Quantum contextuality

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Quantum contextuality is a feature of quantum mechanics whereby measurements of quantum observables cannot simply be thought of as revealing pre-existing values. Any attempt to do so leads to values that are dependent upon which other measurements are being performed (the measurement context). More formally, the measurement result of a quantum observable is dependent upon which other commuting observables are within the same measurement set.

Contextuality was first demonstrated to be a feature of quantum mechanics by the Bell–Kochen–Specker theorem.[1][2] The study of contextuality has developed into a major topic of interest in quantum foundations as the phenomenon crystallises certain non-classical and counter-intuitive aspects of quantum theory. A number of powerful mathematical frameworks have been developed to study and better understand contextuality, from the perspective of sheaf theory,[3] graph theory,[4] hypergraphs,[5] and algebraic topology.[6]

Nonlocality, in the sense of Bell's theorem, may be viewed as a special case of the more general phenomenon of contextuality, in which measurement contexts contain measurements that are distributed over spacelike separated regions. This follows from the Fine–Abramsky–Brandenburger theorem.[7][3]

Quantum contextuality has been identified as a source of quantum computational speedups and quantum advantage in quantum computing.[8][9][10][11] Contemporary research has increasingly focused on exploring its utility as a computational resource.

Kochen and Specker[edit]

Simon B. Kochen and Ernst Specker, and separately John Bell, constructed proofs that quantum mechanics is contextual for systems of Hilbert space dimension three and greater. The Kochen–Specker theorem proves that noncontextual hidden variable theories cannot reproduce the empirical predictions of quantum mechanics.[12] Such a theory would suppose the following.

  1. All quantum-mechanical observables may be assigned definite values. These global value assignments may be 'hidden' in the sense that the state of a quantum system could be described by a probabilistic mixture of assignments.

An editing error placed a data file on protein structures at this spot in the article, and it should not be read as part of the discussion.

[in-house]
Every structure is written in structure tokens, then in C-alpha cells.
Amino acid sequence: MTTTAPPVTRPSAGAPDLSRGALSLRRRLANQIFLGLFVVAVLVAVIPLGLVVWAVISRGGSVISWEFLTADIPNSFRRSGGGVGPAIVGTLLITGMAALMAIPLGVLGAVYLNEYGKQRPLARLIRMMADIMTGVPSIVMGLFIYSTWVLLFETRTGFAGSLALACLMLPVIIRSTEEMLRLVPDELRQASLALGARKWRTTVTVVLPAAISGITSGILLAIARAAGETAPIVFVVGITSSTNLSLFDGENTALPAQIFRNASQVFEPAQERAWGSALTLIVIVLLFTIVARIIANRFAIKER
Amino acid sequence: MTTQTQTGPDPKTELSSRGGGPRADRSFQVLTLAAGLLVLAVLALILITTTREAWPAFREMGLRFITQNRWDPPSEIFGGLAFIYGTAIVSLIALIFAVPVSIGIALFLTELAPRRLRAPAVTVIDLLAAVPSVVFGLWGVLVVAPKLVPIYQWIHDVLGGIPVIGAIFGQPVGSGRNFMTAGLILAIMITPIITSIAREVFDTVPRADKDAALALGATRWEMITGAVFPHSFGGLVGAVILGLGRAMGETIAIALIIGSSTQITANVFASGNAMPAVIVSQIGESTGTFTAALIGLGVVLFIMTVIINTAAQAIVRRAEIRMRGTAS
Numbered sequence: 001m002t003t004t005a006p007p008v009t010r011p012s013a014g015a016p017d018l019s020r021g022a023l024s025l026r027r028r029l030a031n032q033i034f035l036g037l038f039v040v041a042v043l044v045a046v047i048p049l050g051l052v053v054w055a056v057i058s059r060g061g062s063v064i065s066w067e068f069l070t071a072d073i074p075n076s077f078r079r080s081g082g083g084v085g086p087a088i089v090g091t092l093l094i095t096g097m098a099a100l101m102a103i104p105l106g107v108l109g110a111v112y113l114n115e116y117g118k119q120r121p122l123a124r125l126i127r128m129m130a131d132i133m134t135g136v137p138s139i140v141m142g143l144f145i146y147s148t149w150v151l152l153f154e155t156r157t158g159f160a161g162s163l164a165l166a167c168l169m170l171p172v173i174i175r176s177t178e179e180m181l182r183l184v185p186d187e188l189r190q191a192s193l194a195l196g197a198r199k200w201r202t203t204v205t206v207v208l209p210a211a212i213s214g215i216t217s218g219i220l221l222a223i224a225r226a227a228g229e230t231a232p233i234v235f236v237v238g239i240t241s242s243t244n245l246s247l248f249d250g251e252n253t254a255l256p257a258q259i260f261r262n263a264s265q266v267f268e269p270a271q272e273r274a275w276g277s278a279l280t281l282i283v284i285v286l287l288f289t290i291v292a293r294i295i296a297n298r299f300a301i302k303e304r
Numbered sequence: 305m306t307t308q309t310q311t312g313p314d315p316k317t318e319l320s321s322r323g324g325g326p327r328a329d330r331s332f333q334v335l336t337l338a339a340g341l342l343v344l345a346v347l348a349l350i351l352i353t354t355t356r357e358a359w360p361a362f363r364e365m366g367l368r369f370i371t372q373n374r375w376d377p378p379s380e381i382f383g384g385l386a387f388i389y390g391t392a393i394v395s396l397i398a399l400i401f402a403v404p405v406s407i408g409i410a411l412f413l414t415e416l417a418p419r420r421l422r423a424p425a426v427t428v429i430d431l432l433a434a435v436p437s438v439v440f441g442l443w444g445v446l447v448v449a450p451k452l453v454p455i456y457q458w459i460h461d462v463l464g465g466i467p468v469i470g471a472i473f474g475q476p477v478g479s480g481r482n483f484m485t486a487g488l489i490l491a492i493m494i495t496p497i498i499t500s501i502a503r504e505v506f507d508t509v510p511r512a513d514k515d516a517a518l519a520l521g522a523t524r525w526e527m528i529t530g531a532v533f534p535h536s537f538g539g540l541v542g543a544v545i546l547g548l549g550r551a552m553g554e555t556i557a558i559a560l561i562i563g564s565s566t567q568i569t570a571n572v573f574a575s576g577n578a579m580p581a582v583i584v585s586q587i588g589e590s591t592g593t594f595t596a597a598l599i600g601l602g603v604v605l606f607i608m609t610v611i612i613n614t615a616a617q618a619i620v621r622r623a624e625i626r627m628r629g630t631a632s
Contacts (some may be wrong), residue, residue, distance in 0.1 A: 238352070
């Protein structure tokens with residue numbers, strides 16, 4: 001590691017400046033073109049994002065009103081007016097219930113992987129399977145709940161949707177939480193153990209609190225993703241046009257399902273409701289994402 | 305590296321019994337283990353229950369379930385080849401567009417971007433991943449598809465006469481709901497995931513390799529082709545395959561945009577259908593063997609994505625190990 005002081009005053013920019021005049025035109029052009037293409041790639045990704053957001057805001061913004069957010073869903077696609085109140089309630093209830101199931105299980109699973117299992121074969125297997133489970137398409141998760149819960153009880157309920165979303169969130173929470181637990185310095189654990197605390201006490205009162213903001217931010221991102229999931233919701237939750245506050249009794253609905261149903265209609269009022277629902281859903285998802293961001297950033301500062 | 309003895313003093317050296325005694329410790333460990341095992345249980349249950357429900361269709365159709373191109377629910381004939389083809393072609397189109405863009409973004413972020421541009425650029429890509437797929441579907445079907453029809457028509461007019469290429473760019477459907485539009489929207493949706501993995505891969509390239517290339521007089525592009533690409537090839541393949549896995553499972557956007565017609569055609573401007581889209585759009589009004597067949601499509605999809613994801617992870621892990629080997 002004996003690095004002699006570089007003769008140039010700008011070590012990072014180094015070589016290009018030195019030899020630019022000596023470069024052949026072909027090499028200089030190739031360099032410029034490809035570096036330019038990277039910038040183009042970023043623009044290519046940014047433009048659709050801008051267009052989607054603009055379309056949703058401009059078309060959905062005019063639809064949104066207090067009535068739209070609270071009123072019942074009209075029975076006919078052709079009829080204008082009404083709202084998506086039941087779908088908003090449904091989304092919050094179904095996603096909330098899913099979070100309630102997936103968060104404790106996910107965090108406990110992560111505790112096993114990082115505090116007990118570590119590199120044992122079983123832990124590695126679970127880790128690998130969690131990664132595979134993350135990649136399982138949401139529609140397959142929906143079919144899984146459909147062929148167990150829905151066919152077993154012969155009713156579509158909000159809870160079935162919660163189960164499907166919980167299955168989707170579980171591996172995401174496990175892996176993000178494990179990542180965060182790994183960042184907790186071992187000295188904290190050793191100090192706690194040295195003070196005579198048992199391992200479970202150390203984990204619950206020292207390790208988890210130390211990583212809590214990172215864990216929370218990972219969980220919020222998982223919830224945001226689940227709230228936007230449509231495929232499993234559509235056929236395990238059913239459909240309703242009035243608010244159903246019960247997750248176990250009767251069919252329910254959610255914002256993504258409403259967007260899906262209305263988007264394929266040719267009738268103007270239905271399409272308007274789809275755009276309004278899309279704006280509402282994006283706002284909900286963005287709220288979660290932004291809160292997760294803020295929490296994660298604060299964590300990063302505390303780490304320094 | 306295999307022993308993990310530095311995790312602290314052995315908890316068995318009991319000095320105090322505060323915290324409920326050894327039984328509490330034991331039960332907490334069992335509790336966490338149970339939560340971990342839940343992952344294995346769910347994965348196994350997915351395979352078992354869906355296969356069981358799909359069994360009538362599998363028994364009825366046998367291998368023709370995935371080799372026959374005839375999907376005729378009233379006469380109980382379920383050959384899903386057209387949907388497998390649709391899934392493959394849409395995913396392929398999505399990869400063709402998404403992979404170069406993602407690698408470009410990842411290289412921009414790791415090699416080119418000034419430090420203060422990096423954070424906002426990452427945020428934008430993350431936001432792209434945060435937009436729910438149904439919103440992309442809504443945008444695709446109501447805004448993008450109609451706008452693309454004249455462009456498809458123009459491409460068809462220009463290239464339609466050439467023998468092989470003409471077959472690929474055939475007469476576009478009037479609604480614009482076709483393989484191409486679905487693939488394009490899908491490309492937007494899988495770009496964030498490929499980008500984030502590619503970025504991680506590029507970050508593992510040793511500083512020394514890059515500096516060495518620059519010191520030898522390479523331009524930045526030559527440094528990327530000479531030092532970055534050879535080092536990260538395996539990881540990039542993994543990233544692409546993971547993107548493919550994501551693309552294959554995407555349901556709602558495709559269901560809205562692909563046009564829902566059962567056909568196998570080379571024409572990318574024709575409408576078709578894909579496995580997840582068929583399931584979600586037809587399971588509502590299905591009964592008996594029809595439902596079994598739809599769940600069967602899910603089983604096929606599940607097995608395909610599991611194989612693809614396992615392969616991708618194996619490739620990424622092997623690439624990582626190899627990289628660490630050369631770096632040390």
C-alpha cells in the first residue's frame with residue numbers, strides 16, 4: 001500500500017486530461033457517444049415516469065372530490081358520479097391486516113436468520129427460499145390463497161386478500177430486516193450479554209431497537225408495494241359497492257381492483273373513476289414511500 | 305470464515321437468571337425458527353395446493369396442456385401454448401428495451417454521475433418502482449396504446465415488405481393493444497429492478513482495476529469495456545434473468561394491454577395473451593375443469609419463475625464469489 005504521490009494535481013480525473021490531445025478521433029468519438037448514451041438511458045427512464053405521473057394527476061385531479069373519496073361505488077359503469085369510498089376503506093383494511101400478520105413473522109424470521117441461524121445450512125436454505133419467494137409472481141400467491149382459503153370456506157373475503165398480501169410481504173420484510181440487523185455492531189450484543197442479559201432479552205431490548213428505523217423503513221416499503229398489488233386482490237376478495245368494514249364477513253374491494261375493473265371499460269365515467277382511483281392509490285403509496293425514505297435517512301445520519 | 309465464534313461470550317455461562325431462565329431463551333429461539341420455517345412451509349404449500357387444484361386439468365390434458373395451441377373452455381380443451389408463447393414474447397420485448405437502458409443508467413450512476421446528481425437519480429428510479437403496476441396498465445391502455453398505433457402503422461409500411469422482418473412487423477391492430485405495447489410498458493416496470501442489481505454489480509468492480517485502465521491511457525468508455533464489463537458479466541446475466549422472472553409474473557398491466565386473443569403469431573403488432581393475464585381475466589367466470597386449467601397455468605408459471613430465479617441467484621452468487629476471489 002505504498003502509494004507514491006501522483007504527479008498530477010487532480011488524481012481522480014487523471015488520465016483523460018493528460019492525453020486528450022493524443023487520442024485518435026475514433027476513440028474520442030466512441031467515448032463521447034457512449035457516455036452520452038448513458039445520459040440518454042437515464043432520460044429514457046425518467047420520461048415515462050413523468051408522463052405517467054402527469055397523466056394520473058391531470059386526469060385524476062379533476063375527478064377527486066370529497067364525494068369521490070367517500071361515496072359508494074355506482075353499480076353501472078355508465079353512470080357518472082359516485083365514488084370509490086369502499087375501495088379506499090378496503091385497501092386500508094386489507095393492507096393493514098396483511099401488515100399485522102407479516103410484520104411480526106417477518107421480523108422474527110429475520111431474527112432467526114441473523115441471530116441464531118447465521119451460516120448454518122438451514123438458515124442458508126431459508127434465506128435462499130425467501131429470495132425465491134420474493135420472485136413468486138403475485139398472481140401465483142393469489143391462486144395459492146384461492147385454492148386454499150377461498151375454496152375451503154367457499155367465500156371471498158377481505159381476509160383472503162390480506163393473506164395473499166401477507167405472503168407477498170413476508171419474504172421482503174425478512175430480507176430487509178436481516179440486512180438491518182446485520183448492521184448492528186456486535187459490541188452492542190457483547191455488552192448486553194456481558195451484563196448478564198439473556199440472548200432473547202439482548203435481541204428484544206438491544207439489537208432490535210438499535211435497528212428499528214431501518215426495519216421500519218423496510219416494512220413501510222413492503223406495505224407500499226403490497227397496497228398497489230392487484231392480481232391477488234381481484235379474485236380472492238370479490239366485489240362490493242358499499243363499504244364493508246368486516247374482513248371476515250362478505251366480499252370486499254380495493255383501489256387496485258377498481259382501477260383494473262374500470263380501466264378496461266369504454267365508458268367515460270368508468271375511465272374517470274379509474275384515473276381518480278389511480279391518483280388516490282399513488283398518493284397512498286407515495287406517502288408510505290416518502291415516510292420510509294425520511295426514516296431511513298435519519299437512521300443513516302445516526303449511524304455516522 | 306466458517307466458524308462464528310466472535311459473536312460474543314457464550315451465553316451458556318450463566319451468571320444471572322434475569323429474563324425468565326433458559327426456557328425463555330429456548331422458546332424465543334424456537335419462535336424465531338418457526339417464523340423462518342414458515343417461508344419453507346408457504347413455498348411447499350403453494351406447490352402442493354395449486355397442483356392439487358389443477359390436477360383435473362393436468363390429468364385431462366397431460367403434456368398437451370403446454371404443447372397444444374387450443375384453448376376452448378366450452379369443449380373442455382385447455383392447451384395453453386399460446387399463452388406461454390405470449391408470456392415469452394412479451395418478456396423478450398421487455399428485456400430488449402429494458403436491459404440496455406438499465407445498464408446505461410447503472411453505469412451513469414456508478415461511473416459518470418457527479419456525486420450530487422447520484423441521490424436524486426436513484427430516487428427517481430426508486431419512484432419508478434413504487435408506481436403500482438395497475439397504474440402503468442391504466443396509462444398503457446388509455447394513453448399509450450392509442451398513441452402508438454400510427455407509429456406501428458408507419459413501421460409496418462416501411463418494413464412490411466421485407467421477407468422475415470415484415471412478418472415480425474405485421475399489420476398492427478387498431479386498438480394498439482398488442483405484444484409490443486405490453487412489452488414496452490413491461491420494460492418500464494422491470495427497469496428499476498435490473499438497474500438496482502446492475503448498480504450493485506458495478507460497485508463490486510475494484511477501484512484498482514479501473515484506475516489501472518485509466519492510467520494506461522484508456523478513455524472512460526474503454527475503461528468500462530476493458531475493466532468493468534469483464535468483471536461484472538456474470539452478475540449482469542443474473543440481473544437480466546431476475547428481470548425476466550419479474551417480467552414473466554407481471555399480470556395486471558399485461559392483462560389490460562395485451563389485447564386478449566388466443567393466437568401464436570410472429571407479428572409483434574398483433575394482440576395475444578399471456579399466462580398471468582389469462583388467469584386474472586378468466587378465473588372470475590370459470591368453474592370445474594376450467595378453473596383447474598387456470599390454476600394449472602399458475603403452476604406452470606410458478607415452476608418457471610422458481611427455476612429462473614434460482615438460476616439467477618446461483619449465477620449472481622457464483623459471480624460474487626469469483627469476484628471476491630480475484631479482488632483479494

2. Value assignments are independent of which other commuting observables are also measured.

In addition, Kochen and Specker constructed an explicitly noncontextual hidden variable model for the two-dimensional qubit case in their paper on the subject,[1] thereby completing the characterisation of the dimensionality of quantum systems that can demonstrate contextual behaviour. Bell's proof invoked a weaker version of Gleason's theorem, reinterpreting the theorem to show that quantum contextuality exists only in Hilbert space dimension greater than two.[2]

Frameworks for contextuality[edit]

Sheaf-theoretic framework[edit]

The sheaf-theoretic, or Abramsky–Brandenburger, approach to contextuality initiated by Samson Abramsky and Adam Brandenburger is theory-independent and can be applied beyond quantum theory to any situation in which empirical data arises in contexts. As well as being used to study forms of contextuality arising in quantum theory and other physical theories, it has also been used to study formally equivalent phenomena in logic,[13] relational databases,[14] natural language processing,[15] and constraint satisfaction.[16]

In essence, contextuality arises when empirical data is locally consistent but globally inconsistent. Analogies may be drawn with impossible figures like the Penrose staircase, which in a formal sense may also be said to exhibit a kind of contextuality.[1]

This framework gives rise in a natural way to a qualitative hierarchy of contextuality.

  • (Probabilistic) contextuality may be witnessed in measurement statistics, e.g. by the violation of an inequality. A representative example is the KCBS proof of contextuality.
  • Logical contextuality may be witnessed in the 'possibilistic' information about which outcome events are possible and which are not possible. A representative example is Hardy's nonlocality proof of nonlocality.
  • Strong contextuality is a maximal form of contextuality. Whereas (probabilistic) contextuality arises when measurement statistics cannot be reproduced by a mixture of global value assignments, strong contextuality arises when no global value assignment is even compatible with the possible outcome events. A representative example is the original Kochen–Specker proof of contextuality.

Each level in this hierarchy strictly includes the next. An important intermediate level that lies strictly between the logical and strong contextuality classes is all-versus-nothing contextuality,[13] a representative example of which is the Greenberger–Horne–Zeilinger proof of nonlocality.

Graph and hypergraph frameworks[edit]